The state’s cannabis taxes are among the country’s highest, pushing people to buy weed from dealers who are getting their supply from Northern California. Image via
Have you seen the weed prices in Illinois? The state reportedly has some of the most expensive flower in the country averaging at $60 per eighth. That’s a lot for a regular marijuana consumer, and the proof is in the numbers: A year and a half after legalizing adult-use cannabis, total unlicensed sales of the plant in the state continue to outpace its legal market.
The Chicago Sun Times reports that illegal weed sales in Illinois accounts for $1.7 billion to $2.2 billion (depending on which cannabis research firm you ask), while legal medicinal and adult-use sales are projected to tap out around $1.2 to $1.9 by the end of 2021.
The Times just released a report saying that the bulk of unregulated cannabis sold without a license in Illinois comes from California. Sources contacted for the article say much of that marijuana is cultivated in NorCal’s Emerald Triangle, in addition to indoor grows from the San Francisco Bay Area.
“A Chicago police source” told the paper that, while the COVID-19 crisis had law enforcement stretched too thin to pursue and prosecute cannabis-related crime, this year has seen cops back on the beat, racking up felony cannabis arrests on par with 2019 — before cannabis was legalized in the state.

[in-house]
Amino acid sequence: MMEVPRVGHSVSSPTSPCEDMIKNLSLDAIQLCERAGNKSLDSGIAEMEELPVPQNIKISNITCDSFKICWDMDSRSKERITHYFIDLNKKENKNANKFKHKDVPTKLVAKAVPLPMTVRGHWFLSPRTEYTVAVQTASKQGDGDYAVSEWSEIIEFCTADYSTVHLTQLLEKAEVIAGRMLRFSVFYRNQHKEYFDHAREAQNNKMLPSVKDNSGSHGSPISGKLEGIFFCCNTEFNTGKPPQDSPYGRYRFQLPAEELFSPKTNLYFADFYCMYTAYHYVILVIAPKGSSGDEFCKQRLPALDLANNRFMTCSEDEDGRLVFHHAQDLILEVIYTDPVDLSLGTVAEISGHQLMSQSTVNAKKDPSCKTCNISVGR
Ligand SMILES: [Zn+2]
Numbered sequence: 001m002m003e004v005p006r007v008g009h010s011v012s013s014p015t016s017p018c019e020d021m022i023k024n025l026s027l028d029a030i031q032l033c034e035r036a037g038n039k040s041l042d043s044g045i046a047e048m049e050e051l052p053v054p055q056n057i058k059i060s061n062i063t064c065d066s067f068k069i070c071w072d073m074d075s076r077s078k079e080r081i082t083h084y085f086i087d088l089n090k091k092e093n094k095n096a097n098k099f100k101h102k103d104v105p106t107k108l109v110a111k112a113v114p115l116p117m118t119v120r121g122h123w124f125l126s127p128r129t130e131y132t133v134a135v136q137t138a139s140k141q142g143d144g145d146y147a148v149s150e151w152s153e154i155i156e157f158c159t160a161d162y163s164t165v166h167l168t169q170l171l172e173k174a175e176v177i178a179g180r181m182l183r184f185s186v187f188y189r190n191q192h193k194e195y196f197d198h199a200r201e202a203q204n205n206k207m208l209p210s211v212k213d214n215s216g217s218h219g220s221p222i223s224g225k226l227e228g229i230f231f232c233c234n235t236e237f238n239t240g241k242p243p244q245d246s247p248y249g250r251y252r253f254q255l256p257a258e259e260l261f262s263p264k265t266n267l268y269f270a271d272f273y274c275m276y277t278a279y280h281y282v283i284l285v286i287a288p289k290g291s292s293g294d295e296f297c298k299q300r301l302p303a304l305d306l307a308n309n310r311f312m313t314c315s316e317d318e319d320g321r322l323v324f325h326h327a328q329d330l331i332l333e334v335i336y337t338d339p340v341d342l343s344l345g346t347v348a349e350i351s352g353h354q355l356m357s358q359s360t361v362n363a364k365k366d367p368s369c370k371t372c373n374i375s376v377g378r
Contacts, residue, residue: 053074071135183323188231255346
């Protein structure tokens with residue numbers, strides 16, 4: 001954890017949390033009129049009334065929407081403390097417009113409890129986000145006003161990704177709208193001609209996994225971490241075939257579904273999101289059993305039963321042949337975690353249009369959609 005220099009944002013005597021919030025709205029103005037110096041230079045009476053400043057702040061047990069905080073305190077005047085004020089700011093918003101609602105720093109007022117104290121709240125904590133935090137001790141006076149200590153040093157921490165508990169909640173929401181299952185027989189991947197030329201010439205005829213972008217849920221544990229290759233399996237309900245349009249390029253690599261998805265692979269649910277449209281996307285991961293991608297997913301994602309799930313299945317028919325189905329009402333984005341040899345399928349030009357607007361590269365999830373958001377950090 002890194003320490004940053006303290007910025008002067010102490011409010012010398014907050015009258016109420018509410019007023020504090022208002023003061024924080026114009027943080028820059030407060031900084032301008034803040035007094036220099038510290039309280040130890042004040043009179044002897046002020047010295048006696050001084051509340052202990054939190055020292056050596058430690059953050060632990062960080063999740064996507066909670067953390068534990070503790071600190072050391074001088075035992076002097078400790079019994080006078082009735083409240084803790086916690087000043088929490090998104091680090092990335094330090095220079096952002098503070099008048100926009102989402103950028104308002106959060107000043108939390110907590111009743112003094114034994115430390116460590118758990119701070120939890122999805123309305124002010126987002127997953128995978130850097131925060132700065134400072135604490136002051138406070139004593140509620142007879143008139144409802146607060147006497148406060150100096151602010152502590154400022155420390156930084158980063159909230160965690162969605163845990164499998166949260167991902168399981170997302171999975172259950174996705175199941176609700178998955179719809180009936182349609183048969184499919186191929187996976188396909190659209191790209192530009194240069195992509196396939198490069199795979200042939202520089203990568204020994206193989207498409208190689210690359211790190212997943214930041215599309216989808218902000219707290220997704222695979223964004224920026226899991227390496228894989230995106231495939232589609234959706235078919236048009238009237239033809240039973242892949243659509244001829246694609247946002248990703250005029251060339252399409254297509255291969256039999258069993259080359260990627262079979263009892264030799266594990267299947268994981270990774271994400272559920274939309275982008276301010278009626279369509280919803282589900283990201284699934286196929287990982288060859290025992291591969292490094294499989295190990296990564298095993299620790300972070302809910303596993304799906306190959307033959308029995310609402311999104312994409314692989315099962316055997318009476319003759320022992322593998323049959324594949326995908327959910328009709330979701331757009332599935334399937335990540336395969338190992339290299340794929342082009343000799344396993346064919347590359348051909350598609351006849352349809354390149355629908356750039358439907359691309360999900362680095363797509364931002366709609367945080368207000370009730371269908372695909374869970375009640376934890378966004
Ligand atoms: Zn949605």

Of course, people predicted this would happen, considering legalization in Illinois also put extremely high tax rates on weed — in the state, these rates can reach as high as 40 percent between state and local fees. It makes sense that consumers resort to the unlicensed market. Who doesn’t want to pay less money for weed?
High prices are a rough toke, but in some jurisdictions those tax dollars go back into the community and serve good purposes. In Evanston, the city council is exploring a plan to use its 3 percent recreational cannabis sales tax towards the country’s first reparations fund for Black people.
Elsewhere, such cannabis equity measures have not been seen as successes, despite the fact that repairing the harmful effects of a racist Drug War was Governor J.B. Pritzker’s main selling point for legalization.
With the fledgling industry dominated by white owners, Illinois has continued to work on measures to diversify the industry, and in some part, justify the fact that the state has among the highest cannabis taxes in the country (second only to Washington State, by most accounts.) Last month, lawmakers approved a bill to create 110 more adult-use dispensary licenses “for people who are social equity applicants — i.e. from a Black or Brown community,” according to the legislation’s press release. The bill awaits the governor’s signature.
Not everyone that the Chicago Sun Times spoke with saw the reasoning behind continuing to prosecute unlicensed cannabis sellers.
“Now that it’s legal, you should see that it’s not evil and that people just want to smoke some bud,” said an anonymous Chicago dealer.
But, those trends could reverse in future. One industry analyst, Kacey Morrissey of New Frontier Data, predicted that licensed sales in Illinois would overtake unlicensed sales by the end of 2022, depending on whether federal legalization occurs and takes legal weed prices down further.